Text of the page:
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Published: February 21st 2011
The frontier Bold
Border formalities on the Bolivian and Peruvian side were quite quick and the only delay was due to the large number of people on our coach all there at the same time. The tour guide on the bus gave us a information in 4 different languages about the lake and peru. On arrival to Puno we were put in a taxi and taken to a hotel, paying slightly more for a little comfort (about 8 pounds a night for ensuite) cos the lack of toilet seats, running water and hot showers had started to wear us down a little and we also had wi-fi! We ventured out around tea time through the more touristy streets to the harbourside food kiosks/restaurants for more trucha. Puno is a larger town than Copacabama and has a more industrial feel. There is a main square with a few older style buildings but other than that the modoratey of buildings are unfinished or look like they have half built it and tehn ran out of money. The heavens openened as we were walking back to the hotel and continued until the middle of the next morning.
The floating islands (Uros)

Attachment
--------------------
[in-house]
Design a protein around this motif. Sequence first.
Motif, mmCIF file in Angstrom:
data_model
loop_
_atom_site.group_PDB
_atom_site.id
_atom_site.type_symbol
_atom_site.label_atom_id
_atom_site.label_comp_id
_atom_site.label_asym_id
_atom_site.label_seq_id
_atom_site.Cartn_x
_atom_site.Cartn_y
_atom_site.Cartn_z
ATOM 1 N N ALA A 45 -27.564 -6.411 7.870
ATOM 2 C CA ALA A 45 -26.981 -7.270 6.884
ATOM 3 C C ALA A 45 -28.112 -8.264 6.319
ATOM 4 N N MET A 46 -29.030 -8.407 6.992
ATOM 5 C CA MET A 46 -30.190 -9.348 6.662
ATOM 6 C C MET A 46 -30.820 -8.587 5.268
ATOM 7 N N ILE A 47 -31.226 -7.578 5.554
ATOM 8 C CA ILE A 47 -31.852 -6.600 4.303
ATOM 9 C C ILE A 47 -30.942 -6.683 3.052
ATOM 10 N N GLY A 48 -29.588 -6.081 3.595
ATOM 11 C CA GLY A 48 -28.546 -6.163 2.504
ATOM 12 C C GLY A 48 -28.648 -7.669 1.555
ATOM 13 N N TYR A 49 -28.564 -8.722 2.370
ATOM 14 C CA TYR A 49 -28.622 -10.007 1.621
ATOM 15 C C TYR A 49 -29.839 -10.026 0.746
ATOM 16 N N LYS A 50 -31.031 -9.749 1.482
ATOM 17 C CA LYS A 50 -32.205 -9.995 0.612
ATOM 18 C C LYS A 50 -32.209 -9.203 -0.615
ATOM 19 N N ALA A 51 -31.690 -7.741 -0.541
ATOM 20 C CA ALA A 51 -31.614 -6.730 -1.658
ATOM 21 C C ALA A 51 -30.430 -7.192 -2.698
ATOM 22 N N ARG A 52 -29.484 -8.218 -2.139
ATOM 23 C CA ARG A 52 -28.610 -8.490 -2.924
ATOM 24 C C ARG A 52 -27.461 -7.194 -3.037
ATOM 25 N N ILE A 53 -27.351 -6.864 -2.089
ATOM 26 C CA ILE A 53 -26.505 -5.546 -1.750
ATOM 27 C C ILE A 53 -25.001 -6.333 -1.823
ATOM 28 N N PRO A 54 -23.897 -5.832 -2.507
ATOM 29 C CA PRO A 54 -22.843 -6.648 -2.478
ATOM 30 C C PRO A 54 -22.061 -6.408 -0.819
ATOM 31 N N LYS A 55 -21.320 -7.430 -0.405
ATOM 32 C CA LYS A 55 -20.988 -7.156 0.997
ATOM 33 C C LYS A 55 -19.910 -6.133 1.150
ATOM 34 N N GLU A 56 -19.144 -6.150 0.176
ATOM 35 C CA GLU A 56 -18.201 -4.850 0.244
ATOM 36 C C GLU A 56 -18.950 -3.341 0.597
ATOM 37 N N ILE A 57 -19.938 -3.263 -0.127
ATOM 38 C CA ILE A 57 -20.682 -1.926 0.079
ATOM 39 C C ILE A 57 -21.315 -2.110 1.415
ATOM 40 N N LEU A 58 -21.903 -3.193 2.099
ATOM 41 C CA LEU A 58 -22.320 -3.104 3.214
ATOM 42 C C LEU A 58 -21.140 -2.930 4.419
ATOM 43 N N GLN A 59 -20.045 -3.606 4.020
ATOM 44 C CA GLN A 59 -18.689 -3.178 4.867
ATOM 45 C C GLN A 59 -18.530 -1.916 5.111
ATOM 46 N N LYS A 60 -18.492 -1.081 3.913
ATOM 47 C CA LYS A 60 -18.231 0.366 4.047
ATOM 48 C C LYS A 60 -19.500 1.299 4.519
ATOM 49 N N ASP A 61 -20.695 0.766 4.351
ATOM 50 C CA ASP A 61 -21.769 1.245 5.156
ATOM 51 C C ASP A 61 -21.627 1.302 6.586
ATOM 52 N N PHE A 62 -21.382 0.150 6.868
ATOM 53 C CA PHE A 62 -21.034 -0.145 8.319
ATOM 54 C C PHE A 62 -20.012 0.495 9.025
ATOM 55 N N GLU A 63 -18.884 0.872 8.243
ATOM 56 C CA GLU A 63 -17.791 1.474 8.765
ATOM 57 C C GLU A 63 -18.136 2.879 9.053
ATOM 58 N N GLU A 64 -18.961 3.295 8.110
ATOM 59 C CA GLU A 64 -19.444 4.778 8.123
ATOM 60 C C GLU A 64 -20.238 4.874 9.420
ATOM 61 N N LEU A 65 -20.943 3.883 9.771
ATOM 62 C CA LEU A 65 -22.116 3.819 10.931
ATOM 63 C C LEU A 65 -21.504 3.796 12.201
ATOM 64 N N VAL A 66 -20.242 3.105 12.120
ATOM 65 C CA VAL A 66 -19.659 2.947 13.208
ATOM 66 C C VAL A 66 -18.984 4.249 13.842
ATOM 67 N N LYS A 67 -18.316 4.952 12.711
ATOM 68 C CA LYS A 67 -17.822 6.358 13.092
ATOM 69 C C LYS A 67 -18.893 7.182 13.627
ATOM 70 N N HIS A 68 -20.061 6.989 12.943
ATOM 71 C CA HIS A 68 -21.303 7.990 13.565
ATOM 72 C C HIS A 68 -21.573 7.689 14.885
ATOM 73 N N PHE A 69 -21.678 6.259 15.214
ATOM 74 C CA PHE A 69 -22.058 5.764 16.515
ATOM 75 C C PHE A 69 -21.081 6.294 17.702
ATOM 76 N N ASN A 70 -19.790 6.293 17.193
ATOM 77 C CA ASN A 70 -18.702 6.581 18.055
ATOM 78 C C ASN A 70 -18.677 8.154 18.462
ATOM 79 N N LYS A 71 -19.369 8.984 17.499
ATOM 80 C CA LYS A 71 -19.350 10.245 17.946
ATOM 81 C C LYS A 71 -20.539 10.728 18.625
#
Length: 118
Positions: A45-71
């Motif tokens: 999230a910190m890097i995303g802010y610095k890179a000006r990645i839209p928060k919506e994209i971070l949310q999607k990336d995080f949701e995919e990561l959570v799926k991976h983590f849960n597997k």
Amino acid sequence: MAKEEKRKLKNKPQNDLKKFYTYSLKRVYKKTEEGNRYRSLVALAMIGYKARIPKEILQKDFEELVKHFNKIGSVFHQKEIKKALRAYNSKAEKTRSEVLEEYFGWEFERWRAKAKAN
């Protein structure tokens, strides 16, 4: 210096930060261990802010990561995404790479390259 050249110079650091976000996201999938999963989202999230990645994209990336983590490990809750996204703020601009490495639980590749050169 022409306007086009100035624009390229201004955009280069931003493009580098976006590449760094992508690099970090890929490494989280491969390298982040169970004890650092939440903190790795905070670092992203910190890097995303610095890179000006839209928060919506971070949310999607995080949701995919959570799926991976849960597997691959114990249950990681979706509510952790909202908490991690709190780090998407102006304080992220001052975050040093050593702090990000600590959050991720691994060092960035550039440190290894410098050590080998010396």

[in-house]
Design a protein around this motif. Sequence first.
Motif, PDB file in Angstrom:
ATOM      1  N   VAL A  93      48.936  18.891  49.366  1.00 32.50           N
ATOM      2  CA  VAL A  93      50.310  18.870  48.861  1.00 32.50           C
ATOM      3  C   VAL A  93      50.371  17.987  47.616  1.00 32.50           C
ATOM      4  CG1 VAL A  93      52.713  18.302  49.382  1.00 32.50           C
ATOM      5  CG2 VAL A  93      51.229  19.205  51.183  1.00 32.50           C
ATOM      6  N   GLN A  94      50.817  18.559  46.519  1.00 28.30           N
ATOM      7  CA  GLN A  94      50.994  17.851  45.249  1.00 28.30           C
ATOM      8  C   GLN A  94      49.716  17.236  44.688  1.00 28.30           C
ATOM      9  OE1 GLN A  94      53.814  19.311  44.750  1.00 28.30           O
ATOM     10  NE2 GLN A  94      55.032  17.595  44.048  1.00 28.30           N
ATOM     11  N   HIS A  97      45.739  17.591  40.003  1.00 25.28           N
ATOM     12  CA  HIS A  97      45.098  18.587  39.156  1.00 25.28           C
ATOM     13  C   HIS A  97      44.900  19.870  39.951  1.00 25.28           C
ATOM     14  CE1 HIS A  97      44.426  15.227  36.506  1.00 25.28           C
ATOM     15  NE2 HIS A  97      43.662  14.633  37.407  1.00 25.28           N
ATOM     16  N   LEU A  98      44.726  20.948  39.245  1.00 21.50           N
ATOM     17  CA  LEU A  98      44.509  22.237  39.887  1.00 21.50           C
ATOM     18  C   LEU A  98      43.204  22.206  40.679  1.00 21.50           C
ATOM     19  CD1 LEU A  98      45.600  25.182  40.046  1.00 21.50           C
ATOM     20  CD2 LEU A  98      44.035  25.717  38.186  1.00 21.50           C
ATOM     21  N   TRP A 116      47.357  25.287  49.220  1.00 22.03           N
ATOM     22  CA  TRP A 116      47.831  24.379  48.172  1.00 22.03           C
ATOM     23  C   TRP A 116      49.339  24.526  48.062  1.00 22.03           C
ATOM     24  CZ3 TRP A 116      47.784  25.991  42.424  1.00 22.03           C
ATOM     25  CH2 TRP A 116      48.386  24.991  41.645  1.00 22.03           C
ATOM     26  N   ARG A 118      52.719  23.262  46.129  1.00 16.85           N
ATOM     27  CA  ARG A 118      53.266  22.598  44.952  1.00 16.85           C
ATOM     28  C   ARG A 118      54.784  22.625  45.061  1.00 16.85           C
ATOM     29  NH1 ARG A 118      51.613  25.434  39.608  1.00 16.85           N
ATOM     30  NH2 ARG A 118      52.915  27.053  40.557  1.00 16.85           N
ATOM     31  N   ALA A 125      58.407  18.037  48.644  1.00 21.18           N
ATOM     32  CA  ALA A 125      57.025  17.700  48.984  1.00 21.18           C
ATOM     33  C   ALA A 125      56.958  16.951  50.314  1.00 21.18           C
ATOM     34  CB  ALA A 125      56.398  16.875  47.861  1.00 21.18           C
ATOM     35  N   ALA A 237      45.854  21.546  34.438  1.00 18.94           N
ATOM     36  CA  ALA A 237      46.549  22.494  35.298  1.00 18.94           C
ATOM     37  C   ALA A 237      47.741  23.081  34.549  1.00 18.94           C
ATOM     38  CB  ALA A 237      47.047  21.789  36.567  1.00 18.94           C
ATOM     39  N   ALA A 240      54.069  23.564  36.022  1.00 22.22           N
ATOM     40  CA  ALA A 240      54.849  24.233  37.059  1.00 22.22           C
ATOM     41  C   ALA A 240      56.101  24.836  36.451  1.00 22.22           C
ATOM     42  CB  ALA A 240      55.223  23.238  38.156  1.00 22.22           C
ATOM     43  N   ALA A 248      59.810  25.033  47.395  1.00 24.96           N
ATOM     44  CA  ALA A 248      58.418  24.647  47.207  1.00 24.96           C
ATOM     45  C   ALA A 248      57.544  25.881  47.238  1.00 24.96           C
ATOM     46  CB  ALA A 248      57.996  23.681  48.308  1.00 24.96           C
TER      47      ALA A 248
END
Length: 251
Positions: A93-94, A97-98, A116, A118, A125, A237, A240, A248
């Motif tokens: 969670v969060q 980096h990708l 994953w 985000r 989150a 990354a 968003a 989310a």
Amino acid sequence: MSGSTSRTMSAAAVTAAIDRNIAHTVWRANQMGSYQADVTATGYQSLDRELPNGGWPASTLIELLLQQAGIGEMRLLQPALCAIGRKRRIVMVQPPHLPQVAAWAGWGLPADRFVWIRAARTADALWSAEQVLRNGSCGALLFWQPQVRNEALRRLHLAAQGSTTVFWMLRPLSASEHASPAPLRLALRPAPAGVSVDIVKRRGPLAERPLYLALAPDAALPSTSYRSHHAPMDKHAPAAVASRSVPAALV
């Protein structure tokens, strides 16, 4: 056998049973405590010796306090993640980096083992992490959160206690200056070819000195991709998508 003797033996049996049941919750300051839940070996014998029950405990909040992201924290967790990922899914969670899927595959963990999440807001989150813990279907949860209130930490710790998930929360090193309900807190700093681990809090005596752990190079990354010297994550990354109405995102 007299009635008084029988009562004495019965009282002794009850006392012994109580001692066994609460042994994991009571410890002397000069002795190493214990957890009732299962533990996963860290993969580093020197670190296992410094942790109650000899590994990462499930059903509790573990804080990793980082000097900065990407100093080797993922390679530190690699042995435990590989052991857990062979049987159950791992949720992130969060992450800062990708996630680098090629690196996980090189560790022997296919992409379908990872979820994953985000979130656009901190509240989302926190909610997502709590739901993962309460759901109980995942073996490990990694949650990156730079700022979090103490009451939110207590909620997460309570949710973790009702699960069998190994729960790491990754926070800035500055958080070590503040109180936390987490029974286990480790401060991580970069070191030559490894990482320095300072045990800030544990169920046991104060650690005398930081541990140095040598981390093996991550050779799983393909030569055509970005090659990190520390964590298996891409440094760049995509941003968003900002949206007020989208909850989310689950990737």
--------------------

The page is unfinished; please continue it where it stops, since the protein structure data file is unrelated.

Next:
We got into our minibus and taken to the peir with a group of other tourists a mix of kiwis, two koreans and a girl from london. It had been raining hard since the early hours, not the best day to go to see some floating islands! We boarded a very comforatble tourist boat, after a short song from a local band and set off through the reeds towards the islands. Along the way we were pointed out, by the guide, the hideous looking Hilton hotel, which looked similar to the one at Iguacu falls both very imposing and ugly art deco style constructions in very obvious places, this one was on an island that we passed. After about 20 minutes we started to see the islands and peopleon them. We passed a community centre/health centre and school and then turned to where we got off the boat, by which point it had stopped raining. We were greeted by a number of islanders all greeting us in ... which we had been told what to say in return. We walked on the very bouncy compacted reeds to a small circle of reed benches. Here the chief of this particular island told us about the community, how the islands are built (compacting a certain type of reeds together and how they only have a limited life span) and how they feed and sustain themselves. We were then given some of the white part of the reed that they eat, but we were told has a laxative effect if you are not used to it so we only had a taste. There were huts arranged around this meeting place where we were and then a look out post. The huts were also arranged around a pond in the middle which had nets in it for fishing. Sam and I then got taken into the home of one of a couple of the villagers. The inside had a huge double bed with a huge mattress on it and a tv! They told us that they had recently married and these things were wedding presents off family. They also had a few month old baby who was very well behaved! The husband made his living by going fishing and then selling the fish to the mainland whilst the woman made woven goods which she showed us and we bought a cushion cover! We then took a traditional boat to another island only about 100m over a stretch of water. Sam had a go rowing it which was quite a task seen as it was a double decker! On the other island there was the Uros hotel and a place where you could get your passport stamped, which Sam duly did, and more lookout places to see the vast expanse of the islands.